Hulk Hogan breaks silence on racist rant

Hulk Hogan gestures to the crowd while making an appearance during the round five AFL match between the Carlton Blues and the Collingwood Magpies at Melbourne Cricket Ground on May 1, 2015, in Melbourne, Australia.

Michael Dodge/AFL Media/Getty Images

Hulk Hogan asked for forgiveness and opened up about having suicidal thoughts in an interview that aired Monday on "Good Morning America."

It marked the professional wrestler's first sit-down interview since being fired by the WWE in July following the leak of a rant in which he used the N-word.

"I'm not a racist, but I never should have said what I said. It was wrong. I'm embarrassed by it," he told told ABC News' Amy Robach. Hogan added, "People need to realize that you inherit things from your environment. And where I grew up was south Tampa, Port Tampa, and it was a really rough neighborhood, very low income. And all my friends, we greeted each other saying that word."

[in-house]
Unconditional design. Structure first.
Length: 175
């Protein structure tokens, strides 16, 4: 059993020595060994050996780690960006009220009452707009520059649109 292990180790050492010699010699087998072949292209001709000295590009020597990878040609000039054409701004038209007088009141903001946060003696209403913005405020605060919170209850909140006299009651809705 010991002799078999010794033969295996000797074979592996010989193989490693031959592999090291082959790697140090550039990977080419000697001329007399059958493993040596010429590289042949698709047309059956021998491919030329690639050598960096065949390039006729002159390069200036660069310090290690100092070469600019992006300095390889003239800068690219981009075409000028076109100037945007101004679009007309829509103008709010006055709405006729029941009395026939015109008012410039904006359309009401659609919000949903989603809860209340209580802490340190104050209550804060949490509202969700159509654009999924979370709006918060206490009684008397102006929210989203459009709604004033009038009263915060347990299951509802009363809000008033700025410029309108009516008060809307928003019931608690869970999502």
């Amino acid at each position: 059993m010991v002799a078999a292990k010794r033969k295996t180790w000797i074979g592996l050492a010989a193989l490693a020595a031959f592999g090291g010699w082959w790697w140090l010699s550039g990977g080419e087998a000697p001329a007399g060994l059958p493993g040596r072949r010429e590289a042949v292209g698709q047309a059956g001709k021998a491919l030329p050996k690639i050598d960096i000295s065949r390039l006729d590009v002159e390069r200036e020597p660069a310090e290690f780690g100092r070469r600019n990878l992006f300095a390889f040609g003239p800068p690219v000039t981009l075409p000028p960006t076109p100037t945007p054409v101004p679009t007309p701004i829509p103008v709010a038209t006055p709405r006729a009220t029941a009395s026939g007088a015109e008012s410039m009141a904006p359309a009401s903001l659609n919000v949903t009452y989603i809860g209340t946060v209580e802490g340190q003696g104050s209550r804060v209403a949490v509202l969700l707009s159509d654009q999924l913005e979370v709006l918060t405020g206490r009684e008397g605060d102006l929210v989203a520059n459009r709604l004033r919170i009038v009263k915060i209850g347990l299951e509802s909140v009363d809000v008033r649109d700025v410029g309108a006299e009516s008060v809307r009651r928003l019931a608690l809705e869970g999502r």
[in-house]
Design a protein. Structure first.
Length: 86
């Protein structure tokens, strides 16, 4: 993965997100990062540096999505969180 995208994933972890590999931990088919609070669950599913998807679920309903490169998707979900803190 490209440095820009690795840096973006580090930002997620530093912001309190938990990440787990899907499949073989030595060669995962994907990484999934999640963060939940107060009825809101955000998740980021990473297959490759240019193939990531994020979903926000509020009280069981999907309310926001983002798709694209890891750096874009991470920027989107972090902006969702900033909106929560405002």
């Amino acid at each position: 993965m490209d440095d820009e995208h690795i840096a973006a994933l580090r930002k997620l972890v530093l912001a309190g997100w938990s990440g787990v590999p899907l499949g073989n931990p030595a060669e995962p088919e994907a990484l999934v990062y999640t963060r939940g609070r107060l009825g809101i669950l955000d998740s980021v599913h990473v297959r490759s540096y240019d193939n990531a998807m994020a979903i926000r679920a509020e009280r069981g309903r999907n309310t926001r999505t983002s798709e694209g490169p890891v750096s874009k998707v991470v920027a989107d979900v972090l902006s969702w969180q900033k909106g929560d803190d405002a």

Hogan, 62, is caught up in a legal battle with Gawker Media after the website posted parts of a secretly recorded sex tape, believed to have been recorded in the mid-200s. The tape also featured Heather Cole, the ex-wife of Hogan's one-time friend and radio show host Bubba the Love Sponge Clem. In it, Hogan is heard making comments -- using the N-word -- about his daughter Brooke Bollea's then-boyfriend.

He's already apologized in a statement, but now in the new interview, Hogan reveals more about what was going on around the time of that recording, admitting he had suicidal thoughts back then.

"I was at the lowest point of my life to the point where I wanted to kill myself," Hogan said. "I was completely broken and destroyed and said, 'What's the easiest way out of this?' I mean, I was lost."

Hogan also had a message for fans: "Oh my gosh, please forgive me. Please forgive me. I'm a nice guy. I'm not the Hulk Hogan that rips his shirt off -- bang, bang, bang -- and slams giants. I'm Terry Bollea. I'm just a normal man."

The WWE has removed Hogan from its website, including its Hall of Fame section.

"I've worked for the WWE for almost 30 years off and on ... and then all of a sudden, everything I've done my whole career and my whole life was like it never happened," he said.